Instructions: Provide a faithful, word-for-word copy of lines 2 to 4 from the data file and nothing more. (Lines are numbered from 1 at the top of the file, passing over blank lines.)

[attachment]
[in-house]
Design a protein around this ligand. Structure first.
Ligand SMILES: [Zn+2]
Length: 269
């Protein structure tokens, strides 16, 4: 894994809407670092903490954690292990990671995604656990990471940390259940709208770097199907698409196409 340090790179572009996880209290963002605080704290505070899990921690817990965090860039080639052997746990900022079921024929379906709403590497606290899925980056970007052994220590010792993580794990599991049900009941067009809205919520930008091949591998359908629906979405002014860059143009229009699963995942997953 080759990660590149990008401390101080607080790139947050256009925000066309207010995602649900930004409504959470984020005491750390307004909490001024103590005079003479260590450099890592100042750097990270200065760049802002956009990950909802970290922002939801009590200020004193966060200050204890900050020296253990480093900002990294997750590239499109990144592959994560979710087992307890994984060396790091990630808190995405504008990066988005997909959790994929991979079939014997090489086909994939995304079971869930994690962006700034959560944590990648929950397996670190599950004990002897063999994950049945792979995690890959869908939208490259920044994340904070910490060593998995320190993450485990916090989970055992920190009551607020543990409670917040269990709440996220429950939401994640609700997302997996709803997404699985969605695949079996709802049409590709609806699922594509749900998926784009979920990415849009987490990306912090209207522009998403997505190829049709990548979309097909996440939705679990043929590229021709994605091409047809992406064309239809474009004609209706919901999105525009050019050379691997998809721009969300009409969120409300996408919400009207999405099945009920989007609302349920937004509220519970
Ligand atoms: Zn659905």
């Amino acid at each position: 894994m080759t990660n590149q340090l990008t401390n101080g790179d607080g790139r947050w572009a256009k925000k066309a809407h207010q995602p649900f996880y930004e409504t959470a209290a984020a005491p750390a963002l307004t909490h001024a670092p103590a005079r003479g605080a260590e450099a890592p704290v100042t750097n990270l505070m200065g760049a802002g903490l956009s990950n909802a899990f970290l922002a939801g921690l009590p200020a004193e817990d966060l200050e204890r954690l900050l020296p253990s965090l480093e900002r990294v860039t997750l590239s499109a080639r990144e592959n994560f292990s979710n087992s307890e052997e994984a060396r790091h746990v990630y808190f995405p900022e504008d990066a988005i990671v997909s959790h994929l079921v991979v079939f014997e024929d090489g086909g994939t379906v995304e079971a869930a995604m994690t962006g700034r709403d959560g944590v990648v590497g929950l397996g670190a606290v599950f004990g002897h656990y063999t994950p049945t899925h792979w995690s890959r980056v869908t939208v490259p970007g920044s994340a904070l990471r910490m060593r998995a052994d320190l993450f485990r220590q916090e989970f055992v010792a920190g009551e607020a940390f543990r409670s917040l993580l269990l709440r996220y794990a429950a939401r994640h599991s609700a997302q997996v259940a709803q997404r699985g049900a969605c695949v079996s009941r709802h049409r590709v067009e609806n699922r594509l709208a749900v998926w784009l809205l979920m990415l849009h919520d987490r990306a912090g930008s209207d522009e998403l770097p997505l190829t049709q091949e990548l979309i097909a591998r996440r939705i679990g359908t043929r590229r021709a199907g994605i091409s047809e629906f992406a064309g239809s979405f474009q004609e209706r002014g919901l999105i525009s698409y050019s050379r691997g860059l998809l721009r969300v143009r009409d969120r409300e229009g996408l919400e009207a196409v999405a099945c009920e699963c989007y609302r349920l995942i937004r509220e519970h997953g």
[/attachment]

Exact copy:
Design a protein around this ligand. Structure first.
Ligand SMILES: [Zn+2]
Length: 269